Claims made in an official consultation that power supplied from an ‘energy-from-waste’ plant is ‘clean’ are ‘patently untrue’, according to a letter from Waddon’s elected representatives
Three councillors have written a stinging criticism of a council-run “consultation”, saying that they were “shocked and appalled” by plans to link new housing along the Purley Way to energy supplied from the polluting Beddington incinerator.
A claim made in the council’s consultation on the future of the Purley Way that burning rubbish to produce energy “rises to the challenge of climate change” is, according to the councillors, “patently untrue and needs to be removed from the final version of the Masterplan if the Masterplan is to have any credibility with local residents”.
What makes the criticism of the Labour-controlled council’s consultation all the more stinging is that it has been made in a submission from three Labour councillors – Waddon’s Robert Canning, Andrew Pelling and Joy Prince.
The councillors’ letter will go some way to confirming what environmental campaigners have long suggested about Croydon Labour’s true level of commitment to dealing with the global climate crisis – while paying Viridor £10million per year to burn rubbish at its polluting incinerator.
The council’s Purley Way consultation closed yesterday. The Waddon councillors question why it needed to be held now at all – in the middle of the latest covid-19 lockdown. Much of the area covered by the consultation is in Waddon ward, yet Canning, Pelling and Prince claim that few of their residents ever knew about the consultation (although that is usually just the way that the council’s planners prefer it).
As Inside Croydon highlighted last month when the consultation was launched, the geniuses at the council even included a line in which they asked residents who are unable to access its online consultation to… send them an email.
“We are concerned that many Waddon residents appear to be unaware of this consultation and have not had the opportunity to engage fully on the proposals because of covid, particularly those residents who are not online,” the councillors’ letter states.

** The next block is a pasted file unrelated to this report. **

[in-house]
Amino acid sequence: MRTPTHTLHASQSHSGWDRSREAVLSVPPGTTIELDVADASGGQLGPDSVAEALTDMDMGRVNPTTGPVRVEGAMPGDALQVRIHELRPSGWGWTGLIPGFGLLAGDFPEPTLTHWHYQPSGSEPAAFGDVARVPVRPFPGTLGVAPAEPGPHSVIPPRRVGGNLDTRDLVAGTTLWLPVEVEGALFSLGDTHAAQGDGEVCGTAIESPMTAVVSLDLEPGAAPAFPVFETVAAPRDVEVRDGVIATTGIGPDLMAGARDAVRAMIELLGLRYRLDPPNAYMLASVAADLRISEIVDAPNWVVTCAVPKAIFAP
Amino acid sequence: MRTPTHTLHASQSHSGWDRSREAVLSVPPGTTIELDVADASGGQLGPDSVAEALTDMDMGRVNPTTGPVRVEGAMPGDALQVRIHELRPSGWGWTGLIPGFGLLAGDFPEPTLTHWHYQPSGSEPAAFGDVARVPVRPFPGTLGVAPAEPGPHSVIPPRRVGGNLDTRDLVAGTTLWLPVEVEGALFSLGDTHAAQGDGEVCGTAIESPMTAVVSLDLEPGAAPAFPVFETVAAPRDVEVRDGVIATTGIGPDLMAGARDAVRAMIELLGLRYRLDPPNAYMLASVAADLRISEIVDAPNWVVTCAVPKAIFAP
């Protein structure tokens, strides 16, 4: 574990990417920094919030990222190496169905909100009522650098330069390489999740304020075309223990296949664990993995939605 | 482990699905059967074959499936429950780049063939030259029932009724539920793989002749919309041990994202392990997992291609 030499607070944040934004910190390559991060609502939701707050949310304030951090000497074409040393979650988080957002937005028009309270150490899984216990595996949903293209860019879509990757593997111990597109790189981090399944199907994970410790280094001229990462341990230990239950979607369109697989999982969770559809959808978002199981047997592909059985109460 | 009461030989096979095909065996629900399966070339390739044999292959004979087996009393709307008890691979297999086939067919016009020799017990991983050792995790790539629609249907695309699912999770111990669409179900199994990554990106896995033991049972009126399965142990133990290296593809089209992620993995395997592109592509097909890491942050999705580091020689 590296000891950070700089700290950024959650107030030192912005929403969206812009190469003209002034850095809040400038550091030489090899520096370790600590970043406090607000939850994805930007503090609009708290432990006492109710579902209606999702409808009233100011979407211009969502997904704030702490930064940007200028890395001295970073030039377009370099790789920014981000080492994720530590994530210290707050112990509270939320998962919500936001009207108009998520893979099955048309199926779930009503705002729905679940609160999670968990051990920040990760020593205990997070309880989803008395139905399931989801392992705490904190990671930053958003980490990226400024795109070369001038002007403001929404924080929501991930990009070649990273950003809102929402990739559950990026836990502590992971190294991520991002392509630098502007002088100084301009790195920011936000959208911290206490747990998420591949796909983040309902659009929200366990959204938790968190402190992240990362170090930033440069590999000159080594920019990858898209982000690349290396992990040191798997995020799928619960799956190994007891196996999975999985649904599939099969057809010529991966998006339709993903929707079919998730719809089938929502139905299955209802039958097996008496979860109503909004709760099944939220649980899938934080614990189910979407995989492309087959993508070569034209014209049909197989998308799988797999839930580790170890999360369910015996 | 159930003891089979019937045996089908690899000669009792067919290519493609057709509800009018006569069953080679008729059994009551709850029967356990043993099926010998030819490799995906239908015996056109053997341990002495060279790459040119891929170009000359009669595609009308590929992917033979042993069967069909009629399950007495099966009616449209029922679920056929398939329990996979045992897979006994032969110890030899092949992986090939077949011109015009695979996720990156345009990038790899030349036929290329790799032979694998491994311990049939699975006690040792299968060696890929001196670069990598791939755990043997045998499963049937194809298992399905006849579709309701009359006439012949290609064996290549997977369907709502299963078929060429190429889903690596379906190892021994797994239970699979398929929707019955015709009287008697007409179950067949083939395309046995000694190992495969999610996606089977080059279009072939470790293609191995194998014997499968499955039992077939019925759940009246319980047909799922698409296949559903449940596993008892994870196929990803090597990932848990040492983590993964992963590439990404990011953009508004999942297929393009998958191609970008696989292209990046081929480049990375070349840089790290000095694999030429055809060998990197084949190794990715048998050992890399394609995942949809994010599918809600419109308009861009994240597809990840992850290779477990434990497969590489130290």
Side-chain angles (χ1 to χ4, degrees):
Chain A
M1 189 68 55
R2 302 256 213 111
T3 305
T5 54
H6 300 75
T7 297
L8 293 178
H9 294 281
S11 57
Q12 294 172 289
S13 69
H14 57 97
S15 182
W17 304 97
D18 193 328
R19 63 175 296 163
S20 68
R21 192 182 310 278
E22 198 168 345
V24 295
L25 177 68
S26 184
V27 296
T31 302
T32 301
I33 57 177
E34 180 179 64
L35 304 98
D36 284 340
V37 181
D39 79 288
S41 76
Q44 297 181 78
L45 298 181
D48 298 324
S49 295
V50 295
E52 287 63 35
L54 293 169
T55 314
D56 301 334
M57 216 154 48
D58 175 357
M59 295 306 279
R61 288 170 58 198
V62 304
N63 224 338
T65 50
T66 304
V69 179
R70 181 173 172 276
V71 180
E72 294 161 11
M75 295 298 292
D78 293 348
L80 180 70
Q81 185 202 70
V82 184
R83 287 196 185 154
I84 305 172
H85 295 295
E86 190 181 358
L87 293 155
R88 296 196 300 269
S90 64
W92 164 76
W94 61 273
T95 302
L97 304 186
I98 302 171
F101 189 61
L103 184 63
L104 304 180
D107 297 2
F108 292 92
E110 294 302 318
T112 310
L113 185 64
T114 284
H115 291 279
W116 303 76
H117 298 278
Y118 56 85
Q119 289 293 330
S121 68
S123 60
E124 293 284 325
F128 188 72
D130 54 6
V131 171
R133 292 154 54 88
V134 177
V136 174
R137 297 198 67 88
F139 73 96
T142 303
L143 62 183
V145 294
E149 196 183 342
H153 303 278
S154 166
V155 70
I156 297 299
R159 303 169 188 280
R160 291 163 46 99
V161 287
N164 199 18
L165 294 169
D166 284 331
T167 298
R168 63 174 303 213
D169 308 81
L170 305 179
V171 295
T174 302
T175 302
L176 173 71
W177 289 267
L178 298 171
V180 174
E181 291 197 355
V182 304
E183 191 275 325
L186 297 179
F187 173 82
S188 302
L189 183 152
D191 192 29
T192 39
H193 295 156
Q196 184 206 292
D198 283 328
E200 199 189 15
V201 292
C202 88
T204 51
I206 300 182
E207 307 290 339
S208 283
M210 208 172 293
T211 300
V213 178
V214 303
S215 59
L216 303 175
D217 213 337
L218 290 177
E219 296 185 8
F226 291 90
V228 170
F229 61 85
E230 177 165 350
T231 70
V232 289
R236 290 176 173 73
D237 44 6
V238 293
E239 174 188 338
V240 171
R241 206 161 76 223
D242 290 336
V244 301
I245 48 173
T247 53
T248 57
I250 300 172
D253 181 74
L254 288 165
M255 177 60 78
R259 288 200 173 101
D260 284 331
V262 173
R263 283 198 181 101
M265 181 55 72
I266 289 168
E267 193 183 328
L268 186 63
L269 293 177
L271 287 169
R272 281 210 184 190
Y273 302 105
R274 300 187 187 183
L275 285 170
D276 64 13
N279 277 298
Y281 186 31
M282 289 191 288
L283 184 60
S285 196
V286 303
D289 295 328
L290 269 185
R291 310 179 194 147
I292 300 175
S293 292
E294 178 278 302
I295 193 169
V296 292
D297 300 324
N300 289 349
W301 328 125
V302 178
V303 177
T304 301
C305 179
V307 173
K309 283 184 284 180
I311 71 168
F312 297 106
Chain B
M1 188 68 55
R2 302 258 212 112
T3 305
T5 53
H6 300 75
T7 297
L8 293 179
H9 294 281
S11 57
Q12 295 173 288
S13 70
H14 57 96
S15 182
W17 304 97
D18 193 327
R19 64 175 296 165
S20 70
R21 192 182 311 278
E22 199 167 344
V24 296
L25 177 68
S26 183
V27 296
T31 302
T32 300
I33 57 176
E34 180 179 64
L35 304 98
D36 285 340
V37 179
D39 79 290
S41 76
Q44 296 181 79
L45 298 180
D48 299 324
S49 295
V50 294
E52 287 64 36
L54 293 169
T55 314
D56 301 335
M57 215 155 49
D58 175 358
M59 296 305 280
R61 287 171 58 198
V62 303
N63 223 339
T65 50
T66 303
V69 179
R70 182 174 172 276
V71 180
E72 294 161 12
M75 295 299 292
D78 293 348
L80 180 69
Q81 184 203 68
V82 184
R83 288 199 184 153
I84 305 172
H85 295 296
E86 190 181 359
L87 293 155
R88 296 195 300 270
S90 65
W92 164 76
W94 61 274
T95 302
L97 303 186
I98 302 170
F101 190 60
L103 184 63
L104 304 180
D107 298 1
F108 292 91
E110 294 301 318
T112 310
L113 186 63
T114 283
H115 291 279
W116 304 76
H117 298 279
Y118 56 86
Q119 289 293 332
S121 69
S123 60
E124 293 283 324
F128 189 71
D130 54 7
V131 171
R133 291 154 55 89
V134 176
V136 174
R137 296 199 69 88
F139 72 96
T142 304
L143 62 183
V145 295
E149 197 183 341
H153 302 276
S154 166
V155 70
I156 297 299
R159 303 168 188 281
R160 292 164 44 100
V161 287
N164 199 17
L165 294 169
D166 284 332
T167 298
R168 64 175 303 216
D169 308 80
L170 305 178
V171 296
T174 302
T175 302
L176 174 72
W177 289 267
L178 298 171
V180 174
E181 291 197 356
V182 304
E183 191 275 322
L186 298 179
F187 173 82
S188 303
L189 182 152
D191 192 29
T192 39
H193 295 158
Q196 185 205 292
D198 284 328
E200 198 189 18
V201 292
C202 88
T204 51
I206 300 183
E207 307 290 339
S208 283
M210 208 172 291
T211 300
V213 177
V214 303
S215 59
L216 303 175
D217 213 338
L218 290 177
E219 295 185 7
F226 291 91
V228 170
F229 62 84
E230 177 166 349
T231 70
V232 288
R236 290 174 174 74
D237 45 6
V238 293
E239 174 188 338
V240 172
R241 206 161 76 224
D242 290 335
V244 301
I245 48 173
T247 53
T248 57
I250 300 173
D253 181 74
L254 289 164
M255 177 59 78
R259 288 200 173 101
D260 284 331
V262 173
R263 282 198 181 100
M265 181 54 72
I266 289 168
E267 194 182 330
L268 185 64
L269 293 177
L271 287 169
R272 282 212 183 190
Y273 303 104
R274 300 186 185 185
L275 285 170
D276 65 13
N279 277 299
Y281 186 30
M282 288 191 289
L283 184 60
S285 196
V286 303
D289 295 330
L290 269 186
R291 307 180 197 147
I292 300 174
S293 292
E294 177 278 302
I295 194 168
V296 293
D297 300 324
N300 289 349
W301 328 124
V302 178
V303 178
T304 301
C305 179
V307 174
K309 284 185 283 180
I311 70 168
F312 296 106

“With the Masterplan looking 20 years ahead (ie. its preparation is not time-critical), we would have preferred this consultation to have been delayed until such time that residents could have been engaged fully through, for example, face-to-face drop-in events and public meetings as was the case when the Old Town Masterplan was prepared.”
The consultation is the work of the council’s “Place” department, the same brains trust that in recent times have brought you such nine-bob disasters as Brick by Brick, Binmageddon and the Fairfield Halls refurbishment. So what possibly could go wrong..?
The consultation’s Purley Way area affects three wards: Purley Oaks and Riddlesdown, Waddon and Broad Green. It is a continuation of a preliminary exercise carried out last year.
Under this consultation, the home-building target for the Purley Way is now 7,500 units, plus 40,000 square metres of new public open space, the equivalent to less than the size of eight football pitches.
The councillors stated that they “support the Masterplan in principle” and welcome “proposals to create four new centres, build new homes to help tackle the housing shortage, create new commercial and employment opportunities and provide additional public open space”.
But they also list a series of important reservations with the Masterplan, its flaws and shortcomings.